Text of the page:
South Korea’s IT exports topped $6.19 billion in July, up 30.8 percent from a year ago, despite external environmental factors such as high crude oil prices and hikes in U.S. interest rates. Exports of cellular phones rose to $1.95 billion last month, up 55.3 percent from a year ago, with exports of digital televisions increasing 12.8 percent to $130 million, thanks to a growing demand in the U.S. market coinciding with the 2004 Athens Summer Olympics.
With imports of IT products amounting to $3.41 billion, the nation’s IT industry achieved a surplus of $2.78 billion in July, slightly down from $2.97 billion recorded a month ago, the Ministry of Information and Communication (MIC) said Thursday.
The MIC forecasts that South Korea’s IT exports will post a steady growth for the rest of the year as major economies, particularly the U.S. and Japan, are expected to rebound strongly in the second half, demanding more high-priced IT products. Continue >>
We just noticed this story KT had posted on July 30th and thought that might be of interest to you as well.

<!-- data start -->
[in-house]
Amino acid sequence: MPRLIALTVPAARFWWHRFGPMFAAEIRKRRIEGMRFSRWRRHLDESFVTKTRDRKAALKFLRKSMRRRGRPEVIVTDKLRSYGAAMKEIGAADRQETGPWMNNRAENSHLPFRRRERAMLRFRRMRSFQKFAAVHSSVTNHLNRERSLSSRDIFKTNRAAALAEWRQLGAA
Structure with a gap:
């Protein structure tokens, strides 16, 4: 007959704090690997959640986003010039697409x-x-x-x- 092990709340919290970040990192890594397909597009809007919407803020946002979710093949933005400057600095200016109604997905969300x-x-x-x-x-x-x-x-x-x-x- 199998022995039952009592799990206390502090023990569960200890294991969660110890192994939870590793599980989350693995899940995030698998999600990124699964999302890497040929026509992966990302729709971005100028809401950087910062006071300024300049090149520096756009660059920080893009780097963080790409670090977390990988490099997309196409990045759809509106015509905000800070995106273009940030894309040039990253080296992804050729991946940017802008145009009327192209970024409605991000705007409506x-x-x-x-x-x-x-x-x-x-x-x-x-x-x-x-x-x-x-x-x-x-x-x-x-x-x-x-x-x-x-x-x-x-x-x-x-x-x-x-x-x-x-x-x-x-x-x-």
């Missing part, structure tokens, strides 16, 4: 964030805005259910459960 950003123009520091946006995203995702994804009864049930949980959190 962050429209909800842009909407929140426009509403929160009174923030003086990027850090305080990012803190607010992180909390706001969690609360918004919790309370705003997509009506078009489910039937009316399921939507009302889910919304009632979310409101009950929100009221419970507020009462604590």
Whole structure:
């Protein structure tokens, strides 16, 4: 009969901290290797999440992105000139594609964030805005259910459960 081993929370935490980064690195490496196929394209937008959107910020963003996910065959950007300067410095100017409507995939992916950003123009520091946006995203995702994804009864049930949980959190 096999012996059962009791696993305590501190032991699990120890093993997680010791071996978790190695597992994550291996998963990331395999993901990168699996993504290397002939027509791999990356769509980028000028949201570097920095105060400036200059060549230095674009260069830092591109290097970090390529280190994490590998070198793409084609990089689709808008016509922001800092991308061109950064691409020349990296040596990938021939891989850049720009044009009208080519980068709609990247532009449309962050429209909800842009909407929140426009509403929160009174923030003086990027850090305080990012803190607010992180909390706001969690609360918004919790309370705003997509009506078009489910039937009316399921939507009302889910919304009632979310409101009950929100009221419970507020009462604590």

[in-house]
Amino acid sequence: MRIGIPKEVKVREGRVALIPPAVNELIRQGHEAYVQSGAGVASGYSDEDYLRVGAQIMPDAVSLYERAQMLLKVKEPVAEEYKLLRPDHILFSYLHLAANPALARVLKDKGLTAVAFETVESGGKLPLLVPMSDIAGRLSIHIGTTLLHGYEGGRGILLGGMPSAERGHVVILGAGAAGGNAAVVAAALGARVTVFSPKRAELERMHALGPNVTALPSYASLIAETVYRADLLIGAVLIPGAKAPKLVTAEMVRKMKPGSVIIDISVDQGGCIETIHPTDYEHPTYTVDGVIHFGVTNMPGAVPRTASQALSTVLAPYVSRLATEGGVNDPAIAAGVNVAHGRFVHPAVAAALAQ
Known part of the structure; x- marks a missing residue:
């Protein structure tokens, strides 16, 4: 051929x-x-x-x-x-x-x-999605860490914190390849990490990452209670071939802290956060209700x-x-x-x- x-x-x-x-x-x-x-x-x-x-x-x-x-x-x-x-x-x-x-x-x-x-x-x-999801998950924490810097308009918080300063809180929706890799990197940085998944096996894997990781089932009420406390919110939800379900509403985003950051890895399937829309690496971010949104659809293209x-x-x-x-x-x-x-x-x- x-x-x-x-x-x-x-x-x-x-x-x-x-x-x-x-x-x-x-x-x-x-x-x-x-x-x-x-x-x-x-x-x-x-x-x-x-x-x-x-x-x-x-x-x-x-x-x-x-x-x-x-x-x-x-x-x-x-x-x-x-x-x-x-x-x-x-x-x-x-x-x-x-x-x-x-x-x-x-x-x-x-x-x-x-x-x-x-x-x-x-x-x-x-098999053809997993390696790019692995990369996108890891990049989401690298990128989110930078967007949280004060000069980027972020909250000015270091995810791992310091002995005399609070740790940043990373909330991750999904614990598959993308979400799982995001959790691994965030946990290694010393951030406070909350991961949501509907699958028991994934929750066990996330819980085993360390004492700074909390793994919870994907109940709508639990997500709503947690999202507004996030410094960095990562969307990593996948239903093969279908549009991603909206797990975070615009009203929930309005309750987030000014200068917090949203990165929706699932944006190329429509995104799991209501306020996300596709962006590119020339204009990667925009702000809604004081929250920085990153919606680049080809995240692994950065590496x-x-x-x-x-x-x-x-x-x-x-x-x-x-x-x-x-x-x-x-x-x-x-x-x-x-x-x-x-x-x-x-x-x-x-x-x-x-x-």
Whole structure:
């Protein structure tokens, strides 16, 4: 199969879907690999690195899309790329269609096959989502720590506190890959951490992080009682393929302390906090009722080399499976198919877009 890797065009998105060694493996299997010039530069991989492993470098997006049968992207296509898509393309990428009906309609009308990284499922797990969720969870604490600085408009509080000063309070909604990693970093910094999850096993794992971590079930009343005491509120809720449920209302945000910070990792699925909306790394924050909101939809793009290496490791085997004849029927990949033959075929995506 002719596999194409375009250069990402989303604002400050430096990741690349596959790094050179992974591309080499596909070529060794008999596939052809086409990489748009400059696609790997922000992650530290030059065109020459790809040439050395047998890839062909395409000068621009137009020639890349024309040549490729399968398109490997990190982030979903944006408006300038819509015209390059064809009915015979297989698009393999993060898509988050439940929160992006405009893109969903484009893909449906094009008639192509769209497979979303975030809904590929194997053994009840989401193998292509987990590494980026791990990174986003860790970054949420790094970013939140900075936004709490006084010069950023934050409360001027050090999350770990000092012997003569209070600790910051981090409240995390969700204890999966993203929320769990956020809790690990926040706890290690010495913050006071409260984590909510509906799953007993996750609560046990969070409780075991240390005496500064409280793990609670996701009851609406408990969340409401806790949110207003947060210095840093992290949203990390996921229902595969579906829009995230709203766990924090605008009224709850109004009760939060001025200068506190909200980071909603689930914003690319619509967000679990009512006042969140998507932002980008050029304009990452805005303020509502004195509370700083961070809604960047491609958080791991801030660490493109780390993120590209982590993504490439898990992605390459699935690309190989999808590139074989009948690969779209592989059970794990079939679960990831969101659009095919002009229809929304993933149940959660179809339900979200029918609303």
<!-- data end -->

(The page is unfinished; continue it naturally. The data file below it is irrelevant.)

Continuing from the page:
Home-Grown Mobile Internet Platform to Be Mandated Next Year
South Korean mobile handset manufacturers will be required to use a homegrown wireless Internet platform for every cell phone shipped locally as of April 2005. The Ministry of Information and Communication (MIC) said Friday it revised regulations to mandate the wireless Internet platform for interoperability (WIPI) from early next year.
Before the agreement, the U.S. continued to oppose Korea’s plan to fix the WIPI as a unified national standard fearing that the binary runtime environment for wireless (BREW) of U.S.-based Qualcomm would lose ground here. The WIPI and BREW are both middle wares, which enable people to download and run programs for playing games and sending and sharing messages on the move through handheld terminals.